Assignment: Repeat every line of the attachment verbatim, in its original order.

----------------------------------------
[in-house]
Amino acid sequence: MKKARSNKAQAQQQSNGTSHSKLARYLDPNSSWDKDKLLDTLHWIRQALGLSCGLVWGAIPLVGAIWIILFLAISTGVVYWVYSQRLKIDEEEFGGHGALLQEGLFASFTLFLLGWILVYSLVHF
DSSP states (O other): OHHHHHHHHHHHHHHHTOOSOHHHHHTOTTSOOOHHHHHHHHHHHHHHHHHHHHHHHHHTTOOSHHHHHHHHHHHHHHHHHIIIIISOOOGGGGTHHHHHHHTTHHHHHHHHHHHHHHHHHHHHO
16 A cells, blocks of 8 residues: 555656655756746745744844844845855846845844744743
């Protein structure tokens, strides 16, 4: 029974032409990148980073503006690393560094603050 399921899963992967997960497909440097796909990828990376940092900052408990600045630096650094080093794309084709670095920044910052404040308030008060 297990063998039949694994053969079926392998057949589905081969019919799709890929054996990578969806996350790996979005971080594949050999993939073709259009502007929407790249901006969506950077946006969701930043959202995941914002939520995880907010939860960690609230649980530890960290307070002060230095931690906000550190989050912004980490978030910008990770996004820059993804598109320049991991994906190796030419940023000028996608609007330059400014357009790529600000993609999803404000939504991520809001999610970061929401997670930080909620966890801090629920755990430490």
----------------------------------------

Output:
[in-house]
Amino acid sequence: MKKARSNKAQAQQQSNGTSHSKLARYLDPNSSWDKDKLLDTLHWIRQALGLSCGLVWGAIPLVGAIWIILFLAISTGVVYWVYSQRLKIDEEEFGGHGALLQEGLFASFTLFLLGWILVYSLVHF
DSSP states (O other): OHHHHHHHHHHHHHHHTOOSOHHHHHTOTTSOOOHHHHHHHHHHHHHHHHHHHHHHHHHTTOOSHHHHHHHHHHHHHHHHHIIIIISOOOGGGGTHHHHHHHTTHHHHHHHHHHHHHHHHHHHHO
16 A cells, blocks of 8 residues: 555656655756746745744844844845855846845844744743
């Protein structure tokens, strides 16, 4: 029974032409990148980073503006690393560094603050 399921899963992967997960497909440097796909990828990376940092900052408990600045630096650094080093794309084709670095920044910052404040308030008060 297990063998039949694994053969079926392998057949589905081969019919799709890929054996990578969806996350790996979005971080594949050999993939073709259009502007929407790249901006969506950077946006969701930043959202995941914002939520995880907010939860960690609230649980530890960290307070002060230095931690906000550190989050912004980490978030910008990770996004820059993804598109320049991991994906190796030419940023000028996608609007330059400014357009790529600000993609999803404000939504991520809001999610970061929401997670930080909620966890801090629920755990430490």